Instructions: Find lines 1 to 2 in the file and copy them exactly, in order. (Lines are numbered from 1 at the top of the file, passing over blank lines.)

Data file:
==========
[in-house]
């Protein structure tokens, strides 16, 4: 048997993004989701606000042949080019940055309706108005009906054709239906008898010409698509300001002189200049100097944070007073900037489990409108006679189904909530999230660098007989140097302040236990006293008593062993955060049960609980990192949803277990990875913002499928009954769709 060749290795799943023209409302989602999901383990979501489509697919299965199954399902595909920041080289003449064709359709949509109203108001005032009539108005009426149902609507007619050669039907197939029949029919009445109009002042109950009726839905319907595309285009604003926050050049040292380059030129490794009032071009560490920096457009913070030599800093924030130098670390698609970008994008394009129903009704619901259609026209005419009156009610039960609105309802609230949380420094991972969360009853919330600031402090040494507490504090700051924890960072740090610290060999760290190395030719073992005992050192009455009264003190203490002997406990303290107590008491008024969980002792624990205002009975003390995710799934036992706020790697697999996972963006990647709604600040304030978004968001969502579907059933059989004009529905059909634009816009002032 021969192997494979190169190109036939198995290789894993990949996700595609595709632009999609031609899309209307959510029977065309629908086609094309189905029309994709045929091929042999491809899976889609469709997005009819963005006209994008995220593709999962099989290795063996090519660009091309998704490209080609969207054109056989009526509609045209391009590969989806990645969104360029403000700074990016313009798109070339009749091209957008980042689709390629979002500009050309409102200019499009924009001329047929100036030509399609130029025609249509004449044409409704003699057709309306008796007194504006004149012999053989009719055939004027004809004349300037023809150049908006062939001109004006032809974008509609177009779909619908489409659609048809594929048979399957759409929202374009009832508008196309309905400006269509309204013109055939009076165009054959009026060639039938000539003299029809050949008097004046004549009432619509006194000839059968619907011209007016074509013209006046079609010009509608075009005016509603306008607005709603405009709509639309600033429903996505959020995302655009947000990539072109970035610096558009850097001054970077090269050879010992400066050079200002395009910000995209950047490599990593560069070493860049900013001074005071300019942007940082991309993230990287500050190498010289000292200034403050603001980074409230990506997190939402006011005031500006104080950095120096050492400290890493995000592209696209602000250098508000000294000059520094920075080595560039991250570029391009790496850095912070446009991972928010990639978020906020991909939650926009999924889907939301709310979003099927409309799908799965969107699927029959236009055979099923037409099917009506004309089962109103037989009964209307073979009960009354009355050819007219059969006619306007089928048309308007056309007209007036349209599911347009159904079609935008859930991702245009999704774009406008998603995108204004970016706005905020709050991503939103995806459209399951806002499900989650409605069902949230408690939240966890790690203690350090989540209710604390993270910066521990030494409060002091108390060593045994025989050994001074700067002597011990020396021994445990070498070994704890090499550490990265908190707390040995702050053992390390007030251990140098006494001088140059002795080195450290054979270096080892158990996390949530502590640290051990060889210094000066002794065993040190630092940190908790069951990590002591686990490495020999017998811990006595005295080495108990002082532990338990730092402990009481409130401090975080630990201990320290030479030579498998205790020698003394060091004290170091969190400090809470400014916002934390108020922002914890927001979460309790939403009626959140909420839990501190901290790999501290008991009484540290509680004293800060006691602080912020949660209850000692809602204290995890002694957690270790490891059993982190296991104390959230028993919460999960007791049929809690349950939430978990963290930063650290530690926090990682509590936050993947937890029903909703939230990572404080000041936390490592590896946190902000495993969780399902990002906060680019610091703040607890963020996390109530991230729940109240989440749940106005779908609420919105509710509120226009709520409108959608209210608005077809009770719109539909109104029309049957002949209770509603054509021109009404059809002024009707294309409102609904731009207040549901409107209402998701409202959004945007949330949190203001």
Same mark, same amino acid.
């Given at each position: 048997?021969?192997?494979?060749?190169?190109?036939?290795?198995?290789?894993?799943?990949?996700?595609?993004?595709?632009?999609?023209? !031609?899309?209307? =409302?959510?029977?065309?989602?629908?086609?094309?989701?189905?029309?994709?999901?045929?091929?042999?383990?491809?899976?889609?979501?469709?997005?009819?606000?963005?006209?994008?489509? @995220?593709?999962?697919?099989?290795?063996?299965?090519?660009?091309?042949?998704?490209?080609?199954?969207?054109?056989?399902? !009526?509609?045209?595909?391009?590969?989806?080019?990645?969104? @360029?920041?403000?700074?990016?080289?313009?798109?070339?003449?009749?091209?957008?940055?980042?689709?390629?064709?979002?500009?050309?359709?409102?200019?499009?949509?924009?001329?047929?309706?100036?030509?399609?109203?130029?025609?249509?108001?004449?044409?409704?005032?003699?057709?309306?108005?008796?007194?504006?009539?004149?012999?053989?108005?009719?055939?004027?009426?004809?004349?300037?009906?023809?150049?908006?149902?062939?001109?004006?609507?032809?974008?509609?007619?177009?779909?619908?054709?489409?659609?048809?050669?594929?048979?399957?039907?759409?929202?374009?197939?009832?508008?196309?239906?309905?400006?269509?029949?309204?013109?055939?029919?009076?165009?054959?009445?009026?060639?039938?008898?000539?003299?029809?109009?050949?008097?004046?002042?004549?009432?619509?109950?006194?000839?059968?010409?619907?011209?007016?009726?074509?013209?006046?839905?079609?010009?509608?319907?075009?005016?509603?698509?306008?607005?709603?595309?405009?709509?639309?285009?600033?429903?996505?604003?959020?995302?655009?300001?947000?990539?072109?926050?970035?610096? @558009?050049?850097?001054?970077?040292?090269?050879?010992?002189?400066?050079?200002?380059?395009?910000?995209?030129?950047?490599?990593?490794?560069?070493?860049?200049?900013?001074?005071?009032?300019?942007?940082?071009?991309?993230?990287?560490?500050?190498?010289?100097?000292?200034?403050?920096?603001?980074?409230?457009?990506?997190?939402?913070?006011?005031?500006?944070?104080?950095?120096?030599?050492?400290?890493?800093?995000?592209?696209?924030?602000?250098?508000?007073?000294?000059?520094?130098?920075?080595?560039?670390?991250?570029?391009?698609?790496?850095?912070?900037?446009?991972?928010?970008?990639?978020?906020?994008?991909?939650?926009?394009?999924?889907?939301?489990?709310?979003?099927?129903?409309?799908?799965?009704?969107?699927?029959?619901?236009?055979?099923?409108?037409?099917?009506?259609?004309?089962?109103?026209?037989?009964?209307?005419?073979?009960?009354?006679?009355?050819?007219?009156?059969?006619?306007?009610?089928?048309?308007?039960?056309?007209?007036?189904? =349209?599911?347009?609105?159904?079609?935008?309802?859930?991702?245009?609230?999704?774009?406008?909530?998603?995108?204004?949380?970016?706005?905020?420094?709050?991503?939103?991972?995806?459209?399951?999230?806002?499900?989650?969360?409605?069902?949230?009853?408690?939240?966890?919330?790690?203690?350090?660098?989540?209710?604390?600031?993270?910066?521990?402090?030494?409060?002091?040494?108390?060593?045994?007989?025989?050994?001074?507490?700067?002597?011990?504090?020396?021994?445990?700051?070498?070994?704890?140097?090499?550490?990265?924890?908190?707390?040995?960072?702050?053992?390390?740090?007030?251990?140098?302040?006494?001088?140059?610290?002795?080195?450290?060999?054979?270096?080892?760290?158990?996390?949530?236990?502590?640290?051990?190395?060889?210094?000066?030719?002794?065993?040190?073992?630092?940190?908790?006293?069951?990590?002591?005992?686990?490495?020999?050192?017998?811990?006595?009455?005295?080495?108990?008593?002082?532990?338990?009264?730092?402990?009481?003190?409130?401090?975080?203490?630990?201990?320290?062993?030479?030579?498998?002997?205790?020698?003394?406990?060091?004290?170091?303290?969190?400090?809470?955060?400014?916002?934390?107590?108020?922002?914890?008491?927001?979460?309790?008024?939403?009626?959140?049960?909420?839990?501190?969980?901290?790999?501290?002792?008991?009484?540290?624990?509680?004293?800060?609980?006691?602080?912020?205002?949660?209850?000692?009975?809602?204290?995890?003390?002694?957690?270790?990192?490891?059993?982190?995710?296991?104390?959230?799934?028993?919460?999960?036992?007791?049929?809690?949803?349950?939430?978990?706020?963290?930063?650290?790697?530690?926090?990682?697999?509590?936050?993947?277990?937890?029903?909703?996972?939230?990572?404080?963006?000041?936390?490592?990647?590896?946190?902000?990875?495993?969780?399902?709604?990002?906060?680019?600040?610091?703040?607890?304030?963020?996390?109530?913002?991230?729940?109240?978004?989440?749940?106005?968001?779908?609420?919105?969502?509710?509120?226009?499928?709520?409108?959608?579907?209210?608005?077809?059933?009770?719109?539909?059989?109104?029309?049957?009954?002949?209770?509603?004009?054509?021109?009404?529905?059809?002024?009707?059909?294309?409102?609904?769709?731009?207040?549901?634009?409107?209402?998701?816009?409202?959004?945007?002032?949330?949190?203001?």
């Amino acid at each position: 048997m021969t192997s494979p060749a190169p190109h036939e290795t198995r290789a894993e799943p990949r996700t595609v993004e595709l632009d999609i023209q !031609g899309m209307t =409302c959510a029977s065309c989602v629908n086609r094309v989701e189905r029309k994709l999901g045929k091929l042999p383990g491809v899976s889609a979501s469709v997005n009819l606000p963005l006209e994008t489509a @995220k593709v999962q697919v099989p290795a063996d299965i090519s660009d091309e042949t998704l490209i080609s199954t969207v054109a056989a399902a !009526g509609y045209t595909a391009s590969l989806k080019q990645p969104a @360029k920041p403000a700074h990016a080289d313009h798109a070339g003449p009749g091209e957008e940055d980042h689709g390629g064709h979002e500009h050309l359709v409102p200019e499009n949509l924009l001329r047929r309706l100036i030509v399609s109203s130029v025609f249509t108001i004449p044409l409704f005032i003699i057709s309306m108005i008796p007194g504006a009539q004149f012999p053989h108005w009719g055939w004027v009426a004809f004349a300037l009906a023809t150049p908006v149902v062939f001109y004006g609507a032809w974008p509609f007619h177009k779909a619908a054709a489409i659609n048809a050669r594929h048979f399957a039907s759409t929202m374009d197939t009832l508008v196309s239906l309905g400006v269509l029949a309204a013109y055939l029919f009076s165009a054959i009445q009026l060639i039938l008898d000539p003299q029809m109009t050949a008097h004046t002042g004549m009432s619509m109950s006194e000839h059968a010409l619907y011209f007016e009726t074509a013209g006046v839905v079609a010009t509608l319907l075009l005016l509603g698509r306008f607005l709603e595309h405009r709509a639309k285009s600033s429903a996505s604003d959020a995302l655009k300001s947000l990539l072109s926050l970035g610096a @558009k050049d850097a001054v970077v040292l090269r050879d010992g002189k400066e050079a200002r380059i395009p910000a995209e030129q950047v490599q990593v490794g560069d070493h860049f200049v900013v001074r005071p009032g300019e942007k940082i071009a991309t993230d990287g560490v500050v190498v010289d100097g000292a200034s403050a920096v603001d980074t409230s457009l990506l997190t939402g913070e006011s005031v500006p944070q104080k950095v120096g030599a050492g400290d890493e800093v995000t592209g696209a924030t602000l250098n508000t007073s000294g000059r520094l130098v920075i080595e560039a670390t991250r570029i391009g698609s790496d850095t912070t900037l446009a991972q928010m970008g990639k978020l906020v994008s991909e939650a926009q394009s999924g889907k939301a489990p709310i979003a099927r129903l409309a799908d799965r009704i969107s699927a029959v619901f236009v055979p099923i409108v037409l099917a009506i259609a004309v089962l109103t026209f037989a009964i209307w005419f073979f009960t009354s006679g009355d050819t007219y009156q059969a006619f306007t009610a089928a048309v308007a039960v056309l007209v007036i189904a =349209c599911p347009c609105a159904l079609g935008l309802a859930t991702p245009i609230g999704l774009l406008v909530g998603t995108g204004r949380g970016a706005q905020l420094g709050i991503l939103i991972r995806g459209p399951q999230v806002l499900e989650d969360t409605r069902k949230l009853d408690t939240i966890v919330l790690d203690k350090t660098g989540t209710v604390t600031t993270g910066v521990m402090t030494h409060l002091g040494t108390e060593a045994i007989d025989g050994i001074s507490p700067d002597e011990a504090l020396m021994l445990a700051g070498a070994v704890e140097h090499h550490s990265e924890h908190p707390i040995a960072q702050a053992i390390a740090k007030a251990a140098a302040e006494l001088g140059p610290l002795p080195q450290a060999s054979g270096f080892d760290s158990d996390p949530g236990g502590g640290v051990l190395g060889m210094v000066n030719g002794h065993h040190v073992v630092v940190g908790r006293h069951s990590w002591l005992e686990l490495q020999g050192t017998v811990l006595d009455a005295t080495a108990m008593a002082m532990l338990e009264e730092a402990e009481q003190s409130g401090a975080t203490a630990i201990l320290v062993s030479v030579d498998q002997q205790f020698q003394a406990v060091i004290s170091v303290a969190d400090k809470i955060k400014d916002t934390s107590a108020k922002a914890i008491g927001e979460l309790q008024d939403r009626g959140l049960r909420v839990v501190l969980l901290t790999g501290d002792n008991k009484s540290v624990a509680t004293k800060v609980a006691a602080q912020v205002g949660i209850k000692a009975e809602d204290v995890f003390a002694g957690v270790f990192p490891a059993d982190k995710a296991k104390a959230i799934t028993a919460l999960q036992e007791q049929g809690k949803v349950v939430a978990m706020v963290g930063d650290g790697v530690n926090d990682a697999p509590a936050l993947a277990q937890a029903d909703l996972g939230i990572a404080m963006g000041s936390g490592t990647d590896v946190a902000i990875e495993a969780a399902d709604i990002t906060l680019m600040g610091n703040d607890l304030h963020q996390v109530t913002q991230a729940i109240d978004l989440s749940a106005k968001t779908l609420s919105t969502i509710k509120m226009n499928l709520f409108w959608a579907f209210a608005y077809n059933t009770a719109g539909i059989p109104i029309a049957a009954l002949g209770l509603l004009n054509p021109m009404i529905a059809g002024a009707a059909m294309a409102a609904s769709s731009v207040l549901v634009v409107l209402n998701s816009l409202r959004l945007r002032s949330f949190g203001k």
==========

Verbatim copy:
[in-house]
């Protein structure tokens, strides 16, 4: 048997993004989701606000042949080019940055309706108005009906054709239906008898010409698509300001002189200049100097944070007073900037489990409108006679189904909530999230660098007989140097302040236990006293008593062993955060049960609980990192949803277990990875913002499928009954769709 060749290795799943023209409302989602999901383990979501489509697919299965199954399902595909920041080289003449064709359709949509109203108001005032009539108005009426149902609507007619050669039907197939029949029919009445109009002042109950009726839905319907595309285009604003926050050049040292380059030129490794009032071009560490920096457009913070030599800093924030130098670390698609970008994008394009129903009704619901259609026209005419009156009610039960609105309802609230949380420094991972969360009853919330600031402090040494507490504090700051924890960072740090610290060999760290190395030719073992005992050192009455009264003190203490002997406990303290107590008491008024969980002792624990205002009975003390995710799934036992706020790697697999996972963006990647709604600040304030978004968001969502579907059933059989004009529905059909634009816009002032 021969192997494979190169190109036939198995290789894993990949996700595609595709632009999609031609899309209307959510029977065309629908086609094309189905029309994709045929091929042999491809899976889609469709997005009819963005006209994008995220593709999962099989290795063996090519660009091309998704490209080609969207054109056989009526509609045209391009590969989806990645969104360029403000700074990016313009798109070339009749091209957008980042689709390629979002500009050309409102200019499009924009001329047929100036030509399609130029025609249509004449044409409704003699057709309306008796007194504006004149012999053989009719055939004027004809004349300037023809150049908006062939001109004006032809974008509609177009779909619908489409659609048809594929048979399957759409929202374009009832508008196309309905400006269509309204013109055939009076165009054959009026060639039938000539003299029809050949008097004046004549009432619509006194000839059968619907011209007016074509013209006046079609010009509608075009005016509603306008607005709603405009709509639309600033429903996505959020995302655009947000990539072109970035610096558009850097001054970077090269050879010992400066050079200002395009910000995209950047490599990593560069070493860049900013001074005071300019942007940082991309993230990287500050190498010289000292200034403050603001980074409230990506997190939402006011005031500006104080950095120096050492400290890493995000592209696209602000250098508000000294000059520094920075080595560039991250570029391009790496850095912070446009991972928010990639978020906020991909939650926009999924889907939301709310979003099927409309799908799965969107699927029959236009055979099923037409099917009506004309089962109103037989009964209307073979009960009354009355050819007219059969006619306007089928048309308007056309007209007036349209599911347009159904079609935008859930991702245009999704774009406008998603995108204004970016706005905020709050991503939103995806459209399951806002499900989650409605069902949230408690939240966890790690203690350090989540209710604390993270910066521990030494409060002091108390060593045994025989050994001074700067002597011990020396021994445990070498070994704890090499550490990265908190707390040995702050053992390390007030251990140098006494001088140059002795080195450290054979270096080892158990996390949530502590640290051990060889210094000066002794065993040190630092940190908790069951990590002591686990490495020999017998811990006595005295080495108990002082532990338990730092402990009481409130401090975080630990201990320290030479030579498998205790020698003394060091004290170091969190400090809470400014916002934390108020922002914890927001979460309790939403009626959140909420839990501190901290790999501290008991009484540290509680004293800060006691602080912020949660209850000692809602204290995890002694957690270790490891059993982190296991104390959230028993919460999960007791049929809690349950939430978990963290930063650290530690926090990682509590936050993947937890029903909703939230990572404080000041936390490592590896946190902000495993969780399902990002906060680019610091703040607890963020996390109530991230729940109240989440749940106005779908609420919105509710509120226009709520409108959608209210608005077809009770719109539909109104029309049957002949209770509603054509021109009404059809002024009707294309409102609904731009207040549901409107209402998701409202959004945007949330949190203001």